After placing the final touch to my newly crafted table I took a step back to admire my work. It was built by sweat, power tools, and my two hands from concept to this final, sweet moment when it was completed. As a neighbor walked by I called him over and I proudly showed him my latest masterpiece. As he approached, he nodded his head and in his Missouri drawl he commented, “It doesn’t surprise me that you did such a good job, you’re an Alaskan woman.”
“An Alaska woman.” The line got me thinking, about how it didn’t matter to the newly constructed table that it was built by a woman, and then my thoughts went farther about Alaska women in the workforce, specifically trades. In Alaska we have a history of evaluating people by what they can accomplish, build, work on and, in general, what skills they have rather than whether or not they wear business attire and hair gel. We value people who can improve the world around them through their skills and labor, both men and women. Growing up here in Alaska in the ‘80s we had Iditarod champion Susan Butcher show off first-hand how tough and capable women are. So, for me, I wasn’t proud of building a table because I am a woman, I was proud of my new table because it was built by a human. Gender doesn’t factor into the quality of the construction work.
So why aren’t more women, specifically Alaska women, taking advantage of the opportunities provided in the trades industry?
The trades industry in Alaska is big. Alaska is among the states that individuals can go into the trades and earn comparable or even higher earnings than their college graduate counterparts – with the added bonus that in trades, the education you receive is often on a learn-and-earn system. Apprentices who embark on the trades path are paid while they learn the skills they need to achieve their career – meaning, no massive tuition payments nor crippling debt.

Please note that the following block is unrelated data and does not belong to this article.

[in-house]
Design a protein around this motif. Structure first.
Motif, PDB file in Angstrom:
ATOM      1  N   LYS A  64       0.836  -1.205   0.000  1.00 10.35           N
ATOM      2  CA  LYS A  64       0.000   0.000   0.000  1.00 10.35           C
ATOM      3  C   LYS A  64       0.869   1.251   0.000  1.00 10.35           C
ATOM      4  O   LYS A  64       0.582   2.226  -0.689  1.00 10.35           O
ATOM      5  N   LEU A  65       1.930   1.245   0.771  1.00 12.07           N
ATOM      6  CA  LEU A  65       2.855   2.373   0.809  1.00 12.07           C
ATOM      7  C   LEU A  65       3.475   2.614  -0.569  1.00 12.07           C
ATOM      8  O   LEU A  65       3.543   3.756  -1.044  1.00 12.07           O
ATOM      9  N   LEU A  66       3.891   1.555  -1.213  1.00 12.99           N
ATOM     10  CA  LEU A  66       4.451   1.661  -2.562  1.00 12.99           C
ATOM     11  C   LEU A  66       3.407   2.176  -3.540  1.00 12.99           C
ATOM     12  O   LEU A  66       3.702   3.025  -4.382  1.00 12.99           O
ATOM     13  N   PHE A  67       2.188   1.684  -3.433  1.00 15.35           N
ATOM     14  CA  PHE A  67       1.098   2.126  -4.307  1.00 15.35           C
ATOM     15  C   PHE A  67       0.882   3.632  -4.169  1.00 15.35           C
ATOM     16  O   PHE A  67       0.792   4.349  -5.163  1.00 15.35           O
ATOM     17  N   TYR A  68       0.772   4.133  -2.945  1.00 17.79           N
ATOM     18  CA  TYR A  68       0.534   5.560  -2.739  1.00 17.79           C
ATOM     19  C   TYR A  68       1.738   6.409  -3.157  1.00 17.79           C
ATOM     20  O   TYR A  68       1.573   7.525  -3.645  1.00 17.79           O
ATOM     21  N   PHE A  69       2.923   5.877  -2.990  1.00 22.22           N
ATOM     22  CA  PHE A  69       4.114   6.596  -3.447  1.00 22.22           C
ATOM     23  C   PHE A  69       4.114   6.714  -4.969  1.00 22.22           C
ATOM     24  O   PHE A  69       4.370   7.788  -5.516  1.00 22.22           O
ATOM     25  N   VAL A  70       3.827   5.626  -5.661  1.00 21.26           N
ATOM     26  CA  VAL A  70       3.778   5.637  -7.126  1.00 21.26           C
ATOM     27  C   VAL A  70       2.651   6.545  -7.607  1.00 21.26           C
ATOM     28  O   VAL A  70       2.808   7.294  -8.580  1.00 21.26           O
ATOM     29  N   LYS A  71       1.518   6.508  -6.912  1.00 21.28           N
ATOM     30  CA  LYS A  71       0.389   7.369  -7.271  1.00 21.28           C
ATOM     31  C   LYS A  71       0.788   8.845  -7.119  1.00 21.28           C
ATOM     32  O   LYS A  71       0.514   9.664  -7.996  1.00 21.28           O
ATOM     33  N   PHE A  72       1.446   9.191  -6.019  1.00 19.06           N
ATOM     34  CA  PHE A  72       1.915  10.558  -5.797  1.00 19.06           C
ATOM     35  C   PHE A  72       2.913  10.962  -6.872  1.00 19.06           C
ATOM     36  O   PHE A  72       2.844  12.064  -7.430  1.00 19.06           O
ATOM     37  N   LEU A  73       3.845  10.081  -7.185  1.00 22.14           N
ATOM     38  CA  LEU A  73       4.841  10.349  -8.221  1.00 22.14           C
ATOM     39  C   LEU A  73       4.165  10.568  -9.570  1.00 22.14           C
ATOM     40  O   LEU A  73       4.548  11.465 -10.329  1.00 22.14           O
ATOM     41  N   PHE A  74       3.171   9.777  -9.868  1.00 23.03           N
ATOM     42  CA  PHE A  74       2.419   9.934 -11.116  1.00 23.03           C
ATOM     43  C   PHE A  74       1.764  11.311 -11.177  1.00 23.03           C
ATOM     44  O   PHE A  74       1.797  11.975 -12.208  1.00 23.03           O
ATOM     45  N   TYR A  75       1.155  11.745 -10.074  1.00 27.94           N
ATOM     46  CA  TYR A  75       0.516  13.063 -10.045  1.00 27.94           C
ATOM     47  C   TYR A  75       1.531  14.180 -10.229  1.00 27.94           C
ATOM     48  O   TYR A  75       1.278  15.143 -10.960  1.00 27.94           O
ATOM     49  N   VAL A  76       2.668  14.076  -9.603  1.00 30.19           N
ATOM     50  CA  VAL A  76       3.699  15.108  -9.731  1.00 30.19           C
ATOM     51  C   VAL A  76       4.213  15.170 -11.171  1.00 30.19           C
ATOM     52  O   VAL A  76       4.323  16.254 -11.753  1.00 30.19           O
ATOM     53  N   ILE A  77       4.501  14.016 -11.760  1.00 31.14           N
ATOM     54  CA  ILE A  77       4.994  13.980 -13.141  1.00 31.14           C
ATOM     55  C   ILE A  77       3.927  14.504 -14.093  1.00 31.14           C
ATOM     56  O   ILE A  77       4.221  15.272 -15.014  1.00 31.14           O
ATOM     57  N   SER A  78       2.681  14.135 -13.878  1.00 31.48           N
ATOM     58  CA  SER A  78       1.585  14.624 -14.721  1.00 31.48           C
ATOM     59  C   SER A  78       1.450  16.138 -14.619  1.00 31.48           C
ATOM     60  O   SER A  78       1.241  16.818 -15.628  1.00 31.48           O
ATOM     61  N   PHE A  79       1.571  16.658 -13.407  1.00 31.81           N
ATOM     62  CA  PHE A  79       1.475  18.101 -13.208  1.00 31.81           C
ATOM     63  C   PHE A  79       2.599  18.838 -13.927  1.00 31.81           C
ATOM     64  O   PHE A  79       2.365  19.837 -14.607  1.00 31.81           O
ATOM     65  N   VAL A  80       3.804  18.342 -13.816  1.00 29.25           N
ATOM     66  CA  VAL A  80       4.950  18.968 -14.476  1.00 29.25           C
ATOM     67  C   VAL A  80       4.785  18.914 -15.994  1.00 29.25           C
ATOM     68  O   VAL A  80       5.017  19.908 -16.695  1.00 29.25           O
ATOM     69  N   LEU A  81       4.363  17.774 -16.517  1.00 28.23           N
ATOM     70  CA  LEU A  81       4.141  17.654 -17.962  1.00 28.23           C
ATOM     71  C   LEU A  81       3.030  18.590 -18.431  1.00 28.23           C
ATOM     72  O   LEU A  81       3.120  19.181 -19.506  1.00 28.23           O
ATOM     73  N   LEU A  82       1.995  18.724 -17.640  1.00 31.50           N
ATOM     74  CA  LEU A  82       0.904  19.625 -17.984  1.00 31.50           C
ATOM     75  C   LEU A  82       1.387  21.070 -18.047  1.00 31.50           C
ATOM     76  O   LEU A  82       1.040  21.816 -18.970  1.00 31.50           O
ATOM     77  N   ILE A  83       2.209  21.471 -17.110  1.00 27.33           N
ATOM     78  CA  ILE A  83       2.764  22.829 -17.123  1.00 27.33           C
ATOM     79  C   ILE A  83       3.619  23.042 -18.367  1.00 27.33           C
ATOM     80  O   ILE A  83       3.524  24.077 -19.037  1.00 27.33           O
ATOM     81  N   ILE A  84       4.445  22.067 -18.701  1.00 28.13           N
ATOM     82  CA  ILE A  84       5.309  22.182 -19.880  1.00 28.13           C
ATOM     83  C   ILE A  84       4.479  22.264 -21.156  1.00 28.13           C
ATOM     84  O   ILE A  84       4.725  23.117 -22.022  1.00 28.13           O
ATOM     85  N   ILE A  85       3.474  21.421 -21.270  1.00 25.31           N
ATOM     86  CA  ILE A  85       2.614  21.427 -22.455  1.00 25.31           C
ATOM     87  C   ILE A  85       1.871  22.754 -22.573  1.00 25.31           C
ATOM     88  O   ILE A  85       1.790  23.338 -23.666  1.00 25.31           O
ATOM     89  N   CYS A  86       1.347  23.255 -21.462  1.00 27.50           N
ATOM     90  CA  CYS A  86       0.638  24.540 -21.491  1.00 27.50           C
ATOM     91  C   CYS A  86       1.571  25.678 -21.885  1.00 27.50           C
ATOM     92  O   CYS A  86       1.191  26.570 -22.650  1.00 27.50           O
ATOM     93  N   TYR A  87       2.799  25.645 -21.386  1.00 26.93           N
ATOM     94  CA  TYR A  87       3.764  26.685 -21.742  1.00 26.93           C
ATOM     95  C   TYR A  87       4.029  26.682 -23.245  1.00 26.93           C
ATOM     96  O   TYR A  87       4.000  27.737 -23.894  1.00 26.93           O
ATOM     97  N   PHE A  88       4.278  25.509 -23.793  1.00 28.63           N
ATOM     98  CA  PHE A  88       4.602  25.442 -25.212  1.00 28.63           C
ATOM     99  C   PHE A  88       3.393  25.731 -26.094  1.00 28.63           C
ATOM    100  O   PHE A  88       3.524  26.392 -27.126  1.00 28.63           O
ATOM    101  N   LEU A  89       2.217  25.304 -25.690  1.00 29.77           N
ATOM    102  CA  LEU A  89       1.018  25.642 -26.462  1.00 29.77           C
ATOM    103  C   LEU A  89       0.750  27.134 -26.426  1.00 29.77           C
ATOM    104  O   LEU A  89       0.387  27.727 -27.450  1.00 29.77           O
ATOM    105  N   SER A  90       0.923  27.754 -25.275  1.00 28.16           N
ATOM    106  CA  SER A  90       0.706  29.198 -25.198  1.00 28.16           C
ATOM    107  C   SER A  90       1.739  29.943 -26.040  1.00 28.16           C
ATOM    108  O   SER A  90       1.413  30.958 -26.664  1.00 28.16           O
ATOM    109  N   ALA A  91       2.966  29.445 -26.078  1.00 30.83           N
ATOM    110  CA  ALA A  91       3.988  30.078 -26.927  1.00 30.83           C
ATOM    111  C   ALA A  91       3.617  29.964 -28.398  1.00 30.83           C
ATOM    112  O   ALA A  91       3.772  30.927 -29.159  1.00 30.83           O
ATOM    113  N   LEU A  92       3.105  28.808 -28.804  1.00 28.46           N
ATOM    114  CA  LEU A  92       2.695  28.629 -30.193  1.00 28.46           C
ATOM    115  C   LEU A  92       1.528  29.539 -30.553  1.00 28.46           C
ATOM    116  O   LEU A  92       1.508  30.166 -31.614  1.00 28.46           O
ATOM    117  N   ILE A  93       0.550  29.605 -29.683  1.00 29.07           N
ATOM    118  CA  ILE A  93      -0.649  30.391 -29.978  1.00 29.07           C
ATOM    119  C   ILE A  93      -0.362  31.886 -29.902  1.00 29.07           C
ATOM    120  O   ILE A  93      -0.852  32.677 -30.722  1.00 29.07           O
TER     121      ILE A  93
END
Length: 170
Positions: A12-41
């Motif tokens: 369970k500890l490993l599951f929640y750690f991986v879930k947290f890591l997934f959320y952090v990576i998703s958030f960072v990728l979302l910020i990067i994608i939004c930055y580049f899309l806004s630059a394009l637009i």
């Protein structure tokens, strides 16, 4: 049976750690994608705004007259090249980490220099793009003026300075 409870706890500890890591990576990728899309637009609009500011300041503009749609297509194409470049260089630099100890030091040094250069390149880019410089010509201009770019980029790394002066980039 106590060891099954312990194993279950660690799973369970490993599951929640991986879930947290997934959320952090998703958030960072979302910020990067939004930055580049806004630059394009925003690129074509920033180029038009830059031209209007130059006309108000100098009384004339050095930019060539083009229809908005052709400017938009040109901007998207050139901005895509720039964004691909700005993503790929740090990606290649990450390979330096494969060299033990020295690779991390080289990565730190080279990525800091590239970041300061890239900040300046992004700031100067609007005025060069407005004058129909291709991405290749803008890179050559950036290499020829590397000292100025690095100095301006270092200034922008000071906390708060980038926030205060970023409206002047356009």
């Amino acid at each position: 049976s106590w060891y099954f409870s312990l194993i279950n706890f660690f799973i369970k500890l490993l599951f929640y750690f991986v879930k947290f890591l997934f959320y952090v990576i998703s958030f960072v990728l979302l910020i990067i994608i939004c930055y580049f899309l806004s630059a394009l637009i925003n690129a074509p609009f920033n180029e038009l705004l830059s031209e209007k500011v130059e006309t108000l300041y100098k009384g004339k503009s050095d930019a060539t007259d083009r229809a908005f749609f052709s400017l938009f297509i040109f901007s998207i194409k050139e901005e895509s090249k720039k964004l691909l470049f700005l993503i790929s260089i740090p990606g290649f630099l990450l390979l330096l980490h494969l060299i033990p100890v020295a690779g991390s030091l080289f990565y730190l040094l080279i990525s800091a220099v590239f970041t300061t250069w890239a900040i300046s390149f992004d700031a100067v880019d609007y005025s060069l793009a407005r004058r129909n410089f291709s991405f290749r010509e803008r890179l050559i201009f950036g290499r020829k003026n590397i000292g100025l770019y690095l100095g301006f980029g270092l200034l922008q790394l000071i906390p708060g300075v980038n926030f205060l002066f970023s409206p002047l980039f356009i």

But there is a problem, people are not choosing to go into trades and high paying quality jobs in Alaska are left unfilled. To help get the word out about the excellent job opportunities trades offer the Alaska Apprenticeship Training Coordinators Association (AATCA), put together this video in hopes of explaining to Alaskans the benefits of going into trades.
Even nationally there is a push to educate people on the benefits of going into trades. The NPR Ed team covered this exact topic on a national level in this story from April of this year: Here This push is to remind people, of all genders, of the advantages of going into trades, but there is also a more specific push to remind the underrepresented women that trades is an excellent option for a good life. Success stories of Alaska women in trades can be found all over the internet including this success story about Jennifer Sullivan, from the Alaska Piledrivers and Divers Apprenticeship Program, listed at the bottom of the webpage: http://labor.alaska.gov/bp/step.htm
The quest to involve more Alaska women in the trades programs is highlighted at the Alaska ACTE Professional Development Conference this year with guest keynote speaker Kayleen McCabe, star of DIY series Rescue Renovation. McCabe will be championing her respect for the trades careers and will shed light on the national demand for trade professionals.
Women are, of course, welcome in any of the trades programs throughout Alaska, but for those who prefer learning with other women there are options to get involved with Women in the Trades programs such as this one with Alaska Works: http://www.alaskaworks.org/index.php?page=women-in-the-trades
If you’re interested in exploring options, classes are coming up in October and November of this year and are continually offered throughout the year.
So, roll up your sleeves, fellow tough and capable Alaskans, and mush your own Iditarod, build your table, and check out the opportunities offered through trades.